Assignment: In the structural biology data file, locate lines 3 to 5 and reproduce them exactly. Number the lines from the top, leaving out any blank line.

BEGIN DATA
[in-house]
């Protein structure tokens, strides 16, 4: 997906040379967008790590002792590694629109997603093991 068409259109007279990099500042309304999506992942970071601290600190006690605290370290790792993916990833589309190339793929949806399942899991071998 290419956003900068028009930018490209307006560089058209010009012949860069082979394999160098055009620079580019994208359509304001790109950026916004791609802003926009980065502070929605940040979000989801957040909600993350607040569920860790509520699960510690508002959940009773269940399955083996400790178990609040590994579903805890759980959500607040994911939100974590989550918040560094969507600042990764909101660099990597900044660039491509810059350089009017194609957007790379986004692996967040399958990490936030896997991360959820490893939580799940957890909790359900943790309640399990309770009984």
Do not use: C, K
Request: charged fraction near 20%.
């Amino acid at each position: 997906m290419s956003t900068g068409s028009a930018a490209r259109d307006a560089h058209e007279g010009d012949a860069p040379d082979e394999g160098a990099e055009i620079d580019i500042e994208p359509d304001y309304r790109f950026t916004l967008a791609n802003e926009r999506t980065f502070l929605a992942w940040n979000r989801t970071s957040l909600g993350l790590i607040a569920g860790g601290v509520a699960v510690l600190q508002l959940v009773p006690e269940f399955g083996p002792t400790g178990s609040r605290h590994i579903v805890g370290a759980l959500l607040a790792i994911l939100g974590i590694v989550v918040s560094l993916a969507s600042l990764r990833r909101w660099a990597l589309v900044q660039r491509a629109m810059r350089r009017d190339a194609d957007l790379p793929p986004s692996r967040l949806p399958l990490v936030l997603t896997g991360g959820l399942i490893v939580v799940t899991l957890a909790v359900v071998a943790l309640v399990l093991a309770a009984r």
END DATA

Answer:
Do not use: C, K
Request: charged fraction near 20%.
């Amino acid at each position: 997906m290419s956003t900068g068409s028009a930018a490209r259109d307006a560089h058209e007279g010009d012949a860069p040379d082979e394999g160098a990099e055009i620079d580019i500042e994208p359509d304001y309304r790109f950026t916004l967008a791609n802003e926009r999506t980065f502070l929605a992942w940040n979000r989801t970071s957040l909600g993350l790590i607040a569920g860790g601290v509520a699960v510690l600190q508002l959940v009773p006690e269940f399955g083996p002792t400790g178990s609040r605290h590994i579903v805890g370290a759980l959500l607040a790792i994911l939100g974590i590694v989550v918040s560094l993916a969507s600042l990764r990833r909101w660099a990597l589309v900044q660039r491509a629109m810059r350089r009017d190339a194609d957007l790379p793929p986004s692996r967040l949806p399958l990490v936030l997603t896997g991360g959820l399942i490893v939580v799940t899991l957890a909790v359900v071998a943790l309640v399990l093991a309770a009984r």